Led to later doctrinal disputes, a split into Edwardian-influenced Western New England and more liberal Boston area (Congregationalism there would eventually develop into Unitarianism)

Personal NarrativeEmphasis on delights of faith rather than terror of damnationWord sweet used 45 times!Details 3 different conversion experiencesDoubted doctrine of predestination (Norton, 180)Lasting conversion must combine delight/sweetness with acceptance of Gods majesty, power, Sovereignty (Norton, 181) and knowledge of ones own vast wickedness (187-188)

FranklinIllustrates changes in 18th Century American religion

From emphasis on dogma, authoritarianism, and theocracy

To emphasis on optimism, humanitarianism, tolerance, and reason

Rags-To-RichesSome see the Autobiography as an example of the rags-to-riches literature that offered an optimistic American ideal and became a staple of 19th Century literature

i.e, Horatio Alger stories of mid-to-late 19th C

D.H. Lawrence and FranklinYet some critics dislike Franklin for just this quality

D.H. Lawrence (British modernist writer, critic) said that Franklin, at best, represented the mundane, grasping, middle-class businessman intent on making good.

Studies in Classic American Literature, 1923D.H. LawrenceSelf-FashioningOften used masks or personaeSilence DogoodPoor RichardPose of the wise father offering advice to his young son in the Autobiography

Famous as a self-made man, but also for self-fashioning, for creating a literary or fictional self

Entry into Philadelphia

1845 Engraving--What portrait of himself (what portrait of a good citizen in general) does Franklin create for posterity in his description of his entry into Philadelphia?. . . He gave me accordingly three great Puffy Rolls. I was surpriz'd at the Quantity, but took it, and having no room in my Pockets, walk'd off, with a Roll under each Arm, and eating the other. Thus I went up Market Street as far as fourth Street, passing by the Door of Mr. Read, my future Wife's Father, when she standing at the Door saw me, and thought I made as I certainly did a most awkward ridiculous Appearance. Then I turn'd. . . I went for a Draught of the River Water, and being fill'd with one of my Rolls, gave the other two to a Woman and her Child that came down the River in the Boat with us and were waiting to go farther. Thus refresh'd I walk'd again up the Street, which by this time had many clean dress'd People in it who were all walking the same Way; I join'd them, and thereby was led into the great Meeting House of the Quakers near the Market. I sat down among them, and after looking round a while and hearing nothing said, being very drowzy thro' Labour and want of Rest the preceding Night, I fell fast asleep, and continu'd so till the Meeting broke up, when one was kind enough to rouse me (Norton, 263).Franklin and ReligionA Deist early on, but backs off this belief in later life? (Norton, 284)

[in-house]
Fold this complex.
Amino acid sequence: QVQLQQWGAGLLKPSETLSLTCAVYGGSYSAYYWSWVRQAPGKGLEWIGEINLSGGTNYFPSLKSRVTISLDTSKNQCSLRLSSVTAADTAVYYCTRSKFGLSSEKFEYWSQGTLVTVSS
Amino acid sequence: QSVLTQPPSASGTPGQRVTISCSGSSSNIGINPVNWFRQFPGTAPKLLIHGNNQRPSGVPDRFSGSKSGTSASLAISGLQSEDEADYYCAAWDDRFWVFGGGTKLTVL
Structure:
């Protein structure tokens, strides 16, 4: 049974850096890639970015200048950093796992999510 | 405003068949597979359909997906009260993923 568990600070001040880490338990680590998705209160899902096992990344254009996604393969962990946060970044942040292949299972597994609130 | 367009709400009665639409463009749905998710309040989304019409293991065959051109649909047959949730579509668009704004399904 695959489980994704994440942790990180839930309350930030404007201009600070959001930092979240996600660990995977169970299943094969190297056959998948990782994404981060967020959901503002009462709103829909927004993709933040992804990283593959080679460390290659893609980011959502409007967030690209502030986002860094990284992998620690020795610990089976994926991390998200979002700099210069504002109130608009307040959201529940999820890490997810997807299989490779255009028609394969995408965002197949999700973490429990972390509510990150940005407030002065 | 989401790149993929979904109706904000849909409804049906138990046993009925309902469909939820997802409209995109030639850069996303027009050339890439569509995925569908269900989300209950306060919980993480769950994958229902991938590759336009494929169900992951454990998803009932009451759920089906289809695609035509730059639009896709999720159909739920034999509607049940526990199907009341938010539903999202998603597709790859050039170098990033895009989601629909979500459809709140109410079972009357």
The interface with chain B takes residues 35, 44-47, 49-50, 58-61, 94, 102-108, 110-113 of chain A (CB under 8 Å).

Franklins religious principles laid out (Norton, 299)

Free Quaker Meeting House, Philadelphia, built 1783Reason and ReligionFinally, reason rather than revelation as pathway to virtue, moral perfection

Franklins pursuit of moral perfection utilizes scientific method?